Tuesday, July 23, 2013

5 Quick Questions with Kevin West, Author of Saving the Season: A Cook's Guide to Home Canning, Pickling, and Preserving

Saving the Season is the kind of cookbook that reminds us of a beautifully written novel or a stellar short story: it drops you into someone else's world for a long, dreamy while and the voice rings real and true throughout. Read it to learn how to preserve all the stuff that's coming in this summer -- the recipes are precise and will make you feel like a pro -- but in your reading, you'll also be able to understand your food and its history so much more. 

It's lucky for us that author Kevin West is going to be in Memphis this Thursday evening at Booksellers. Stop by around 6:00 and grab your copy and get it signed or stock up on a few signed copies as holiday gifts for all of the serious home cooks you know. This one is sure to become a classic, y'all. 

This week, Kevin was kind enough to answer a few of our burning questions -- and to share his cream-style corn recipe (detailed below), which we know we're going to have to try very, soon.  

1. TCV: You're back in Tennessee this week! What do you remember most, think about, or miss when you think of your time spent here?

Kevin West: I can't think of Tennessee without thinking of my grandparents' farm in Blount County: the red clay banks of their long, long gravel driveway; the view of the Great Smoky Mountains from up by the barn; throwing rocks in the pond; the prickly feel of picking okra in the early morning; the taste of sun-warmed tomatoes pulled off the vine; the silly pleasure of eating corn on the cob and picking your teeth at the table even though you know better; the smell of cedar shavings when Papa whittled. 

The farm is gone now, but the time I spent there when I was little shaped me to the core. More than any other place, that "rich spot of earth," to use Thomas Jefferson's phrase about his beloved Monticello, is where I come from. That's what I miss most.

2. TCV: What would you suggest that a beginner try to can, preserve, or pickle first?

KW: Start with whatever is coming in from local gardens and farms. At this time of the year, I'd advise folks in this part of the world to think seriously about putting up some peaches in syrup, wild blackberry jam (if it's not already too late), pickled green beans, and canned tomatoes. 

3. TCV: Please tell us a little more about the idea of preserving certain things for the occasions and meals you plan to create later on for certain people or events. I loved that part of your book -- that's pretty much what food is all about to us, too: time spent with the people we love.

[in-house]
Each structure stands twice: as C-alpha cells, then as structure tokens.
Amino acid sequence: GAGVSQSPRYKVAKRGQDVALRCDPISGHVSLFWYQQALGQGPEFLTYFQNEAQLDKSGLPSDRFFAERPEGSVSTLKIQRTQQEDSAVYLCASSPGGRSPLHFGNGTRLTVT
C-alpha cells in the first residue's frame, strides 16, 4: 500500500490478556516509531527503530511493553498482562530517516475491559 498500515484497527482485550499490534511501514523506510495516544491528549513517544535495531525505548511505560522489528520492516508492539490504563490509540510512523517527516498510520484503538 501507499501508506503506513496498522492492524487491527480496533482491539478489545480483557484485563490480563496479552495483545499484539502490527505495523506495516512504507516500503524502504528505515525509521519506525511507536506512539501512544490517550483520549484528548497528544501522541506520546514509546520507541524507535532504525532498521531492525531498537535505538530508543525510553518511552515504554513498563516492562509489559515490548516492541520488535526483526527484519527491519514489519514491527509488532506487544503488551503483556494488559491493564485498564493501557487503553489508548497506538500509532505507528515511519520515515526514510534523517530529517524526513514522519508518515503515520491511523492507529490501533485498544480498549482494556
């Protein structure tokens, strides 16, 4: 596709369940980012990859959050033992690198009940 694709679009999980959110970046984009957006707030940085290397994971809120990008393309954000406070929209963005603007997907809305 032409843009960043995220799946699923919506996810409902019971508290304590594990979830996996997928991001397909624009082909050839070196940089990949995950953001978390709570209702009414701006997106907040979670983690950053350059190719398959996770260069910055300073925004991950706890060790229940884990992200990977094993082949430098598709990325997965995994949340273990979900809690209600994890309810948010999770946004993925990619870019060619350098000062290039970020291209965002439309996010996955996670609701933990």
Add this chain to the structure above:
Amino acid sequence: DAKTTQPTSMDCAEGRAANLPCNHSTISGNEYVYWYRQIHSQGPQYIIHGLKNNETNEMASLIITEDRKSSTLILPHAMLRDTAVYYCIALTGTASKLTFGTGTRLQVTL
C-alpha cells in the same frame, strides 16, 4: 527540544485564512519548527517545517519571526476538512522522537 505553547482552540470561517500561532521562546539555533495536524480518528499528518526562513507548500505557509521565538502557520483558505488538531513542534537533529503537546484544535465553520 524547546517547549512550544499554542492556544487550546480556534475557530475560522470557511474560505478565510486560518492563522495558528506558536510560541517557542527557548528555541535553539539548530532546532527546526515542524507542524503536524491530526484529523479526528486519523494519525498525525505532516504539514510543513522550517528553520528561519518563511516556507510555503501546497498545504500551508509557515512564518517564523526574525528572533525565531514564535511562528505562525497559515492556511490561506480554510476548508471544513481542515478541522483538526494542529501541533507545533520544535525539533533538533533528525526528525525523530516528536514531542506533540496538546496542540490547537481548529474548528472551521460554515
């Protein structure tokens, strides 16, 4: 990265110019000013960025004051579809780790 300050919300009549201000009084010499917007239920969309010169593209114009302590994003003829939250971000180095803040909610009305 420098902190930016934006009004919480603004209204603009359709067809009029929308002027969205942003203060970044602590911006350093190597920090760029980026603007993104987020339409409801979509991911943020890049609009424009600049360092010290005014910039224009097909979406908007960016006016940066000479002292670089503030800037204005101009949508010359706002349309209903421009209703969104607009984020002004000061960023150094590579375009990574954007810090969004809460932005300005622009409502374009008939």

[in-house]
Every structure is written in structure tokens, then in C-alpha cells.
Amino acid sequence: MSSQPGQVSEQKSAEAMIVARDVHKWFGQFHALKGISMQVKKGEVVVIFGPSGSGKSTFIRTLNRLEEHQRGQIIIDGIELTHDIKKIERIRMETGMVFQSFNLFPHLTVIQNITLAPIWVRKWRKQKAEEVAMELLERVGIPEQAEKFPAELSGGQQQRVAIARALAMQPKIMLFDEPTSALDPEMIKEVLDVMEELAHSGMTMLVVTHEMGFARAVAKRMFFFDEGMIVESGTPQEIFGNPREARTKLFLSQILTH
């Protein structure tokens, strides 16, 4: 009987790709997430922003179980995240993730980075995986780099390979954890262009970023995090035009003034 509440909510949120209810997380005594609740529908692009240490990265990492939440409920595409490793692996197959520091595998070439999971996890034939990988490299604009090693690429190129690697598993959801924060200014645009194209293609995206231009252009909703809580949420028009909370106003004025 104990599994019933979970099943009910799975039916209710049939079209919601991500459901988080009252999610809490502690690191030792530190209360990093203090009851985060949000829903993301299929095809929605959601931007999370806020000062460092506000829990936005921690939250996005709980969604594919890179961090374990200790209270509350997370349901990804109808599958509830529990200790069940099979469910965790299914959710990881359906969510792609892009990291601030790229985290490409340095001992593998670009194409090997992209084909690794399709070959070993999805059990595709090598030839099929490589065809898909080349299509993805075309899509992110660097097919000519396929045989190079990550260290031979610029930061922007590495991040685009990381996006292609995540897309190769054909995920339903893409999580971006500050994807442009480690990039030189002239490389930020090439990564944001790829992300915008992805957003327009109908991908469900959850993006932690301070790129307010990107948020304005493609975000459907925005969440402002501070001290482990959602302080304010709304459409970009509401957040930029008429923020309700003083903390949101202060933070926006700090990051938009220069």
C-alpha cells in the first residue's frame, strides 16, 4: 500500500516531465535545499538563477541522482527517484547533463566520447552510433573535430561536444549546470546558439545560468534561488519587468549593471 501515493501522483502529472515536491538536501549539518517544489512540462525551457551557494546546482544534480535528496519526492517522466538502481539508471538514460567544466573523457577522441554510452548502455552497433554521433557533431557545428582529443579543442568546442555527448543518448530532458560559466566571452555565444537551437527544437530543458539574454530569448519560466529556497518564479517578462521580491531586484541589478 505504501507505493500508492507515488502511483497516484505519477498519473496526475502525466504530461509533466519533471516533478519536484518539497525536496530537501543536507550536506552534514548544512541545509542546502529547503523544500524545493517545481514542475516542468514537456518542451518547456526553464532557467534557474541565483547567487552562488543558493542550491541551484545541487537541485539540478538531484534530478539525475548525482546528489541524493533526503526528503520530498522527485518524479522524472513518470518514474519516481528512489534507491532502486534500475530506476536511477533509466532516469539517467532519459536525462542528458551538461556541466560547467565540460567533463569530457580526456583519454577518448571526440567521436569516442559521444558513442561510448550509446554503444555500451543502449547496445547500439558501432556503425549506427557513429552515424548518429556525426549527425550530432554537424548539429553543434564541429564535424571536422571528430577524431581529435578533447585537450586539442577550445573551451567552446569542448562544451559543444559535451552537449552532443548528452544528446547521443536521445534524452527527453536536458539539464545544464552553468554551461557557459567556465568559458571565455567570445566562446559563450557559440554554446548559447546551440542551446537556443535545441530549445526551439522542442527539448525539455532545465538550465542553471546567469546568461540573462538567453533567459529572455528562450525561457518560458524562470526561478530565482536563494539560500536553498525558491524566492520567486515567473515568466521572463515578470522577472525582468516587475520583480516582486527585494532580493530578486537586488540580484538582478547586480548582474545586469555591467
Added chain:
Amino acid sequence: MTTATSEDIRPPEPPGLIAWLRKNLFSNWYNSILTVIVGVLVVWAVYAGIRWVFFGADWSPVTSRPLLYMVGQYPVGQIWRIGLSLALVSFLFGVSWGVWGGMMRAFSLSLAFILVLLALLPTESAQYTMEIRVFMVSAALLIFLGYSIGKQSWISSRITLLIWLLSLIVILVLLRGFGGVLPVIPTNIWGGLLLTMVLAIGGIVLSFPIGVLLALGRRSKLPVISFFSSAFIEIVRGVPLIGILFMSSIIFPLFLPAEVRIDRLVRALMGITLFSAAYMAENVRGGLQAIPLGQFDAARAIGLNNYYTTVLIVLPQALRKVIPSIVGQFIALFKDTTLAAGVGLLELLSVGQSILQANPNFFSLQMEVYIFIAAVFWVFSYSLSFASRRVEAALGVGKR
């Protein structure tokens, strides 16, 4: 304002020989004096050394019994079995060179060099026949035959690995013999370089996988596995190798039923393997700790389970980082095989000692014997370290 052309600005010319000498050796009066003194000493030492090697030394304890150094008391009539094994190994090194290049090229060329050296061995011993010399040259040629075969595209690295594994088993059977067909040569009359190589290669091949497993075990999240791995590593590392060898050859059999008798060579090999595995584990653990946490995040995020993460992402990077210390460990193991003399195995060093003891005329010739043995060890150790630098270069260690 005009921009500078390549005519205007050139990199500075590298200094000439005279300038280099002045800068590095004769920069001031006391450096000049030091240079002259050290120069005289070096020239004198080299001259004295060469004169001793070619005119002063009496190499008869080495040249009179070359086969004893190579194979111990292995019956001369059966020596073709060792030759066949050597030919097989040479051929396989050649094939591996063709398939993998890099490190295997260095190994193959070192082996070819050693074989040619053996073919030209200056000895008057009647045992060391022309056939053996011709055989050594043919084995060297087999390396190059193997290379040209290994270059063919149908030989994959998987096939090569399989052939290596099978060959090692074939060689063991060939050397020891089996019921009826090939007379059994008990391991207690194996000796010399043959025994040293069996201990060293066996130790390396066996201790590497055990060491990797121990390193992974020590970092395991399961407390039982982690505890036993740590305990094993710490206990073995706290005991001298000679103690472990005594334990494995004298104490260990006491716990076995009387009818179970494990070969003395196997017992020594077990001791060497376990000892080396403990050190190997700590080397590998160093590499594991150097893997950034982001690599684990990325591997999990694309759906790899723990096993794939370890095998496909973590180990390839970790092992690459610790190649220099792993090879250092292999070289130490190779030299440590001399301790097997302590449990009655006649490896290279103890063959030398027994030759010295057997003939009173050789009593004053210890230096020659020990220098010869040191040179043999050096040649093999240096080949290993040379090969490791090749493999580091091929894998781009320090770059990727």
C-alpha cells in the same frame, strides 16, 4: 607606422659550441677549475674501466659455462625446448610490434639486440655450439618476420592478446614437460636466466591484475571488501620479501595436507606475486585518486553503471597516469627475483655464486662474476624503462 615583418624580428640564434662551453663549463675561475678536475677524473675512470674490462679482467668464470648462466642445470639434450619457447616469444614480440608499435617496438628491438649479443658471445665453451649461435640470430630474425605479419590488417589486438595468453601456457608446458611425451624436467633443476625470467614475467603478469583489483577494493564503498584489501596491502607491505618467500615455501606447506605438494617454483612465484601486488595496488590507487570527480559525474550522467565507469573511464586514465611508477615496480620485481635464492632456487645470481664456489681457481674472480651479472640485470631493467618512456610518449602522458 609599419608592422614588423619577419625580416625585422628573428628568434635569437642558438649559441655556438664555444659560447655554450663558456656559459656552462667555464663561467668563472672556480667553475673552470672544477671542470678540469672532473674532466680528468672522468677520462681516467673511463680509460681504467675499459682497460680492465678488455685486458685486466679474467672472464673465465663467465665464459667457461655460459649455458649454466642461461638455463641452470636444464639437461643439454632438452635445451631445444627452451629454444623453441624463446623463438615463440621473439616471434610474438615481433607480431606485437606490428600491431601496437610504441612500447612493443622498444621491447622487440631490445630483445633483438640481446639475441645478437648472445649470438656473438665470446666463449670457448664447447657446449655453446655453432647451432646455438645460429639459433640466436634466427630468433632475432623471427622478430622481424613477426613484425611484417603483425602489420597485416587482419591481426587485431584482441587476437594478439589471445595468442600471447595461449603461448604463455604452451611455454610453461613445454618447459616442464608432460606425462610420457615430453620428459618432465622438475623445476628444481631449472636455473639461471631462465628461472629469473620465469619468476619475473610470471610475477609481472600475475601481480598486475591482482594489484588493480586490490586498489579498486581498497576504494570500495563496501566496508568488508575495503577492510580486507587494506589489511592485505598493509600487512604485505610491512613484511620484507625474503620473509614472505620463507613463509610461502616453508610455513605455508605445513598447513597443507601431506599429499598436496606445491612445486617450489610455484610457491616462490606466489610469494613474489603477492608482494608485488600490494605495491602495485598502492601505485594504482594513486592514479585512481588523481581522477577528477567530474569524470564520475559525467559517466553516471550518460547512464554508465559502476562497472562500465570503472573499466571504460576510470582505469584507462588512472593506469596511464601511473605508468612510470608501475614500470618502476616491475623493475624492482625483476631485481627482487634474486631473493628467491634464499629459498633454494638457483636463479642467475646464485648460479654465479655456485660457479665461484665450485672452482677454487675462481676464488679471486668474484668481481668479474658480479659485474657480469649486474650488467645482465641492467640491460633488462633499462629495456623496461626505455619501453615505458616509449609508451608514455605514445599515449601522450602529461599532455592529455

KW: One of the pleasantest aspects of canning work is that there is time for your mind to wander while your hands are busy. My mind usually wanders in the direction of what I'll be eating next, so standing in the kitchen making preserves is when I plan out future meals. For instance, I like to pickle onions every year in late spring when they are about the size of ping pong balls, and it's sort of a fun thought experiment to dream up a dish to use them in each of the 4 seasons. 

As for who gets what jar as a gift -- don't worry. Once your family and friends find out about your preserving habit, they'll let you know about their favorite jams, pickles or relishes--hint, hint.  

4. TCV: Simplest recipe (Southern-themed or otherwise) that you love and crave and make all the time and want to share?

KW: This time of the year, I cannot get enough cream-style corn. The way I make it is to cut the corn off the cob and very gently stew it with some butter until it's warmed through and bubbly. Then I stir in some caramelized shallots and a handful of basil (especially that purple opal basil) cut into a fine chiffonade. A double serving of this corn with a sliced tomato and a few grilled zucchini drizzled with olive oil makes as fine a summer meal as I could want. Even if you don't have shallots or basil, corn cooked this way is still wonderful in its unadorned state.

5. TCV: We have an abundance of tomatoes right now -- there are about 50 of them just washed and waiting on the kitchen countertop right now and more to come. What do you think we should do with them? 

KW: It depends a bit on the type of tomato. It they are the plum-type, then I'd suggest putting them up as crushed tomatoes -- the standard, old-fashioned "canned tomato" approach. if they are bigger, juicier beefsteak or heirloom tomatoes, I'd turn them into a sauce and reduce the sauce a bit before canning. 

But whatever you do, be sure to set aside a few of the biggest, prettiest tomatoes for a tomato sandwich! 

(TCV: We'll take that advice for sure! Here are our simple tomato sliders, which may morph into big old lunch sandwiches tomorrow.)


Anonymous said...

Thanks for sharing this great interview!

The Yogi Vegetarian said...

A book after my own heart! Does he have anything about what to do with all the zucchini we have right now?

The Chubby Vegetarian said...
This comment has been removed by the author.
The Chubby Vegetarian said...

p. 157 has zucchini dill spears!

we made this into muffins this week (add 1/3 c canola oil, skip choc. chips, do choc. frosting instead!) it was an excellent dessert:


:) TCV